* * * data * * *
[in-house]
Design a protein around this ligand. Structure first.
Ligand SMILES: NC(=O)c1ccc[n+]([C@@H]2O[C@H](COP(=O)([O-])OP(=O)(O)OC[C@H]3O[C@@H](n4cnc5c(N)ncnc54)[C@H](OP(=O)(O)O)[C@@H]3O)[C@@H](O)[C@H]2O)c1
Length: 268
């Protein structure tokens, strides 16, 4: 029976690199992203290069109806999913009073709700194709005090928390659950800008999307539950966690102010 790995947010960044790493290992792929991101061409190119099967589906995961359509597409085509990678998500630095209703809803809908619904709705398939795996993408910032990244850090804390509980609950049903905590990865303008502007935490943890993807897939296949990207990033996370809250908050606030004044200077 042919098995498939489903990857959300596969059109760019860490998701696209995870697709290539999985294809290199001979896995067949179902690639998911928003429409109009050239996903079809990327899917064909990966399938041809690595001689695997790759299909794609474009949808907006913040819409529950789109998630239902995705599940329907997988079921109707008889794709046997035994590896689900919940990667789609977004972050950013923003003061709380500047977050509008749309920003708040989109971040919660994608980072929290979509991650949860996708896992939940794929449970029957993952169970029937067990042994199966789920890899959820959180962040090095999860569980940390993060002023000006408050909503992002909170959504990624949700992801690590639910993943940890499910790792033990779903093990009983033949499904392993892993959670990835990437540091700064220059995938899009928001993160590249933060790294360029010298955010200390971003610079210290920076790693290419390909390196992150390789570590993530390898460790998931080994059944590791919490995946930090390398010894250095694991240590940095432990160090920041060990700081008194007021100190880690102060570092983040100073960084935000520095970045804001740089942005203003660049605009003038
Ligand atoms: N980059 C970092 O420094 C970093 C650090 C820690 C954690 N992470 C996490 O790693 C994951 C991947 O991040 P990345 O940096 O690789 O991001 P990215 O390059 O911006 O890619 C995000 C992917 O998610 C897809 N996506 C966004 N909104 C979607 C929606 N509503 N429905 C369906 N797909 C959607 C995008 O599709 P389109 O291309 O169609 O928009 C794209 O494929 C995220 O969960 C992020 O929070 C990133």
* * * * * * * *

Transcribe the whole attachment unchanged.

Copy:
[in-house]
Design a protein around this ligand. Structure first.
Ligand SMILES: NC(=O)c1ccc[n+]([C@@H]2O[C@H](COP(=O)([O-])OP(=O)(O)OC[C@H]3O[C@@H](n4cnc5c(N)ncnc54)[C@H](OP(=O)(O)O)[C@@H]3O)[C@@H](O)[C@H]2O)c1
Length: 268
């Protein structure tokens, strides 16, 4: 029976690199992203290069109806999913009073709700194709005090928390659950800008999307539950966690102010 790995947010960044790493290992792929991101061409190119099967589906995961359509597409085509990678998500630095209703809803809908619904709705398939795996993408910032990244850090804390509980609950049903905590990865303008502007935490943890993807897939296949990207990033996370809250908050606030004044200077 042919098995498939489903990857959300596969059109760019860490998701696209995870697709290539999985294809290199001979896995067949179902690639998911928003429409109009050239996903079809990327899917064909990966399938041809690595001689695997790759299909794609474009949808907006913040819409529950789109998630239902995705599940329907997988079921109707008889794709046997035994590896689900919940990667789609977004972050950013923003003061709380500047977050509008749309920003708040989109971040919660994608980072929290979509991650949860996708896992939940794929449970029957993952169970029937067990042994199966789920890899959820959180962040090095999860569980940390993060002023000006408050909503992002909170959504990624949700992801690590639910993943940890499910790792033990779903093990009983033949499904392993892993959670990835990437540091700064220059995938899009928001993160590249933060790294360029010298955010200390971003610079210290920076790693290419390909390196992150390789570590993530390898460790998931080994059944590791919490995946930090390398010894250095694991240590940095432990160090920041060990700081008194007021100190880690102060570092983040100073960084935000520095970045804001740089942005203003660049605009003038
Ligand atoms: N980059 C970092 O420094 C970093 C650090 C820690 C954690 N992470 C996490 O790693 C994951 C991947 O991040 P990345 O940096 O690789 O991001 P990215 O390059 O911006 O890619 C995000 C992917 O998610 C897809 N996506 C966004 N909104 C979607 C929606 N509503 N429905 C369906 N797909 C959607 C995008 O599709 P389109 O291309 O169609 O928009 C794209 O494929 C995220 O969960 C992020 O929070 C990133």